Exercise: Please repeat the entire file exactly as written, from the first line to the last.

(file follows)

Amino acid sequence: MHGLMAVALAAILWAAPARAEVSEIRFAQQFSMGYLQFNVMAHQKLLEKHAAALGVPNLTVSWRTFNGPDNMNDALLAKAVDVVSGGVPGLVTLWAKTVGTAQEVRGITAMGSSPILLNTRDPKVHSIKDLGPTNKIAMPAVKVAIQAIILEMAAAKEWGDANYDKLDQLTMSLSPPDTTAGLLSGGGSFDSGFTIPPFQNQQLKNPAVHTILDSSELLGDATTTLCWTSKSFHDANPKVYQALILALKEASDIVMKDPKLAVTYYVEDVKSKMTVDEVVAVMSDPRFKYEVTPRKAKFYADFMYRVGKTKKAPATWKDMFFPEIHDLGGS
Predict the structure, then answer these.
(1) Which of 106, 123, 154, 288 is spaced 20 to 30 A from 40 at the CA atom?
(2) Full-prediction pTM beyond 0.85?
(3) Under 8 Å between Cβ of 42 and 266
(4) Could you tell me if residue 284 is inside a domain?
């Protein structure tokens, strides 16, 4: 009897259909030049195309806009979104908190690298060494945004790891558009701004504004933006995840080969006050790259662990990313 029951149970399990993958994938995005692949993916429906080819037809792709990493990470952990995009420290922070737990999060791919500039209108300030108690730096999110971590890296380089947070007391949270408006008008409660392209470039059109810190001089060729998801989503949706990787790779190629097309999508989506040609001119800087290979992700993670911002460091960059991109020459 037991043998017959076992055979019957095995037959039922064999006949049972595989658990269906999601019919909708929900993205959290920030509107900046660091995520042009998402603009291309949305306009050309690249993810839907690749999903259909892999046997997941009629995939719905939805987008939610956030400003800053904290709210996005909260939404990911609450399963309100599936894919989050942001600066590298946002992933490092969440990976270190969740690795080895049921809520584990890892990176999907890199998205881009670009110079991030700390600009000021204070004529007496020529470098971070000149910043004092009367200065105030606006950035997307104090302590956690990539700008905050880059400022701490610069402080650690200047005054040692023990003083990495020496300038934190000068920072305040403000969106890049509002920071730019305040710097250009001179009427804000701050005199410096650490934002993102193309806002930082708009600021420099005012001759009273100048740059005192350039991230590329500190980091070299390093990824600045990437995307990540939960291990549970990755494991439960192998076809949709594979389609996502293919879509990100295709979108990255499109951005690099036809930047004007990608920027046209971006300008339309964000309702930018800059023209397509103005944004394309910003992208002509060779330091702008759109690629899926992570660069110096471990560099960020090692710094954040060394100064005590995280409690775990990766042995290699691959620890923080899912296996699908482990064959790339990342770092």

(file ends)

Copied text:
Amino acid sequence: MHGLMAVALAAILWAAPARAEVSEIRFAQQFSMGYLQFNVMAHQKLLEKHAAALGVPNLTVSWRTFNGPDNMNDALLAKAVDVVSGGVPGLVTLWAKTVGTAQEVRGITAMGSSPILLNTRDPKVHSIKDLGPTNKIAMPAVKVAIQAIILEMAAAKEWGDANYDKLDQLTMSLSPPDTTAGLLSGGGSFDSGFTIPPFQNQQLKNPAVHTILDSSELLGDATTTLCWTSKSFHDANPKVYQALILALKEASDIVMKDPKLAVTYYVEDVKSKMTVDEVVAVMSDPRFKYEVTPRKAKFYADFMYRVGKTKKAPATWKDMFFPEIHDLGGS
Predict the structure, then answer these.
(1) Which of 106, 123, 154, 288 is spaced 20 to 30 A from 40 at the CA atom?
(2) Full-prediction pTM beyond 0.85?
(3) Under 8 Å between Cβ of 42 and 266
(4) Could you tell me if residue 284 is inside a domain?
């Protein structure tokens, strides 16, 4: 009897259909030049195309806009979104908190690298060494945004790891558009701004504004933006995840080969006050790259662990990313 029951149970399990993958994938995005692949993916429906080819037809792709990493990470952990995009420290922070737990999060791919500039209108300030108690730096999110971590890296380089947070007391949270408006008008409660392209470039059109810190001089060729998801989503949706990787790779190629097309999508989506040609001119800087290979992700993670911002460091960059991109020459 037991043998017959076992055979019957095995037959039922064999006949049972595989658990269906999601019919909708929900993205959290920030509107900046660091995520042009998402603009291309949305306009050309690249993810839907690749999903259909892999046997997941009629995939719905939805987008939610956030400003800053904290709210996005909260939404990911609450399963309100599936894919989050942001600066590298946002992933490092969440990976270190969740690795080895049921809520584990890892990176999907890199998205881009670009110079991030700390600009000021204070004529007496020529470098971070000149910043004092009367200065105030606006950035997307104090302590956690990539700008905050880059400022701490610069402080650690200047005054040692023990003083990495020496300038934190000068920072305040403000969106890049509002920071730019305040710097250009001179009427804000701050005199410096650490934002993102193309806002930082708009600021420099005012001759009273100048740059005192350039991230590329500190980091070299390093990824600045990437995307990540939960291990549970990755494991439960192998076809949709594979389609996502293919879509990100295709979108990255499109951005690099036809930047004007990608920027046209971006300008339309964000309702930018800059023209397509103005944004394309910003992208002509060779330091702008759109690629899926992570660069110096471990560099960020090692710094954040060394100064005590995280409690775990990766042995290699691959620890923080899912296996699908482990064959790339990342770092």